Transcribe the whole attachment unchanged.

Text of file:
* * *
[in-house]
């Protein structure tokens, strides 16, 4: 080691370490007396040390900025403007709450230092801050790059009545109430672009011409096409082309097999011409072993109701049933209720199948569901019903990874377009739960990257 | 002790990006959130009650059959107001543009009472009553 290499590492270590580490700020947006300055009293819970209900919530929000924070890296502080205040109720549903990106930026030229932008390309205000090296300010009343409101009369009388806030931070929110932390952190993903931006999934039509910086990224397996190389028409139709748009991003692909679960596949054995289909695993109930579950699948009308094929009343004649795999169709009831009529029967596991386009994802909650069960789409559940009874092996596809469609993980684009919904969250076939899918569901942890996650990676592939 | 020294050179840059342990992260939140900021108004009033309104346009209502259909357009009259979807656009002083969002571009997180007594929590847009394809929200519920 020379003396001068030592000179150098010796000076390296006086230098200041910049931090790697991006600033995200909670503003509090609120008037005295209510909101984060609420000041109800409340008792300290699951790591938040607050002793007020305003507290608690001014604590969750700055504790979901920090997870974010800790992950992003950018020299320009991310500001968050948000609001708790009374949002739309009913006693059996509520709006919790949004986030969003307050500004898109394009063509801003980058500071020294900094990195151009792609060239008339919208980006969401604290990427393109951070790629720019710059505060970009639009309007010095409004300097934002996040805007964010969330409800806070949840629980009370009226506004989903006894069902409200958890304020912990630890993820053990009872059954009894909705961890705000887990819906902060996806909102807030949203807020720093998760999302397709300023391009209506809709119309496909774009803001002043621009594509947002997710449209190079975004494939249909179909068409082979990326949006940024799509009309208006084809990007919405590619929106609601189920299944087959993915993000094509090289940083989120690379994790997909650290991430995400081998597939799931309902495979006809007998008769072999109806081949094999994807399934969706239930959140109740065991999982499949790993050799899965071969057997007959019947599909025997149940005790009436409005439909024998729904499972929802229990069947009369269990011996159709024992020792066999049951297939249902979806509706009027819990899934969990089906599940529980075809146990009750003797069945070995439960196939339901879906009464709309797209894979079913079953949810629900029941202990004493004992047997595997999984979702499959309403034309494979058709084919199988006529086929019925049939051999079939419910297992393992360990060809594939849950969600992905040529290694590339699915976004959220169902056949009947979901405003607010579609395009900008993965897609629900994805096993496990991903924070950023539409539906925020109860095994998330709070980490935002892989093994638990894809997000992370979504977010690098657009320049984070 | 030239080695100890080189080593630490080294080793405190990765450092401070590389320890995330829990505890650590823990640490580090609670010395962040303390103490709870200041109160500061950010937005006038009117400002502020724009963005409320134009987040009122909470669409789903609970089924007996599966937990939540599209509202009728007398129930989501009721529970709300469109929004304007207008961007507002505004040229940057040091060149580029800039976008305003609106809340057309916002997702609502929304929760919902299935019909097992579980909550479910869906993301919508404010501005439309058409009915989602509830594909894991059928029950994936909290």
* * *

[in-house]
């Protein structure tokens, strides 16, 4: 080691370490007396040390900025403007709450230092801050790059009545109430672009011409096409082309097999011409072993109701049933209720199948569901019903990874377009739960990257 | 002790990006959130009650059959107001543009009472009553 290499590492270590580490700020947006300055009293819970209900919530929000924070890296502080205040109720549903990106930026030229932008390309205000090296300010009343409101009369009388806030931070929110932390952190993903931006999934039509910086990224397996190389028409139709748009991003692909679960596949054995289909695993109930579950699948009308094929009343004649795999169709009831009529029967596991386009994802909650069960789409559940009874092996596809469609993980684009919904969250076939899918569901942890996650990676592939 | 020294050179840059342990992260939140900021108004009033309104346009209502259909357009009259979807656009002083969002571009997180007594929590847009394809929200519920 020379003396001068030592000179150098010796000076390296006086230098200041910049931090790697991006600033995200909670503003509090609120008037005295209510909101984060609420000041109800409340008792300290699951790591938040607050002793007020305003507290608690001014604590969750700055504790979901920090997870974010800790992950992003950018020299320009991310500001968050948000609001708790009374949002739309009913006693059996509520709006919790949004986030969003307050500004898109394009063509801003980058500071020294900094990195151009792609060239008339919208980006969401604290990427393109951070790629720019710059505060970009639009309007010095409004300097934002996040805007964010969330409800806070949840629980009370009226506004989903006894069902409200958890304020912990630890993820053990009872059954009894909705961890705000887990819906902060996806909102807030949203807020720093998760999302397709300023391009209506809709119309496909774009803001002043621009594509947002997710449209190079975004494939249909179909068409082979990326949006940024799509009309208006084809990007919405590619929106609601189920299944087959993915993000094509090289940083989120690379994790997909650290991430995400081998597939799931309902495979006809007998008769072999109806081949094999994807399934969706239930959140109740065991999982499949790993050799899965071969057997007959019947599909025997149940005790009436409005439909024998729904499972929802229990069947009369269990011996159709024992020792066999049951297939249902979806509706009027819990899934969990089906599940529980075809146990009750003797069945070995439960196939339901879906009464709309797209894979079913079953949810629900029941202990004493004992047997595997999984979702499959309403034309494979058709084919199988006529086929019925049939051999079939419910297992393992360990060809594939849950969600992905040529290694590339699915976004959220169902056949009947979901405003607010579609395009900008993965897609629900994805096993496990991903924070950023539409539906925020109860095994998330709070980490935002892989093994638990894809997000992370979504977010690098657009320049984070 | 030239080695100890080189080593630490080294080793405190990765450092401070590389320890995330829990505890650590823990640490580090609670010395962040303390103490709870200041109160500061950010937005006038009117400002502020724009963005409320134009987040009122909470669409789903609970089924007996599966937990939540599209509202009728007398129930989501009721529970709300469109929004304007207008961007507002505004040229940057040091060149580029800039976008305003609106809340057309916002997702609502929304929760919902299935019909097992579980909550479910869906993301919508404010501005439309058409009915989602509830594909894991059928029950994936909290």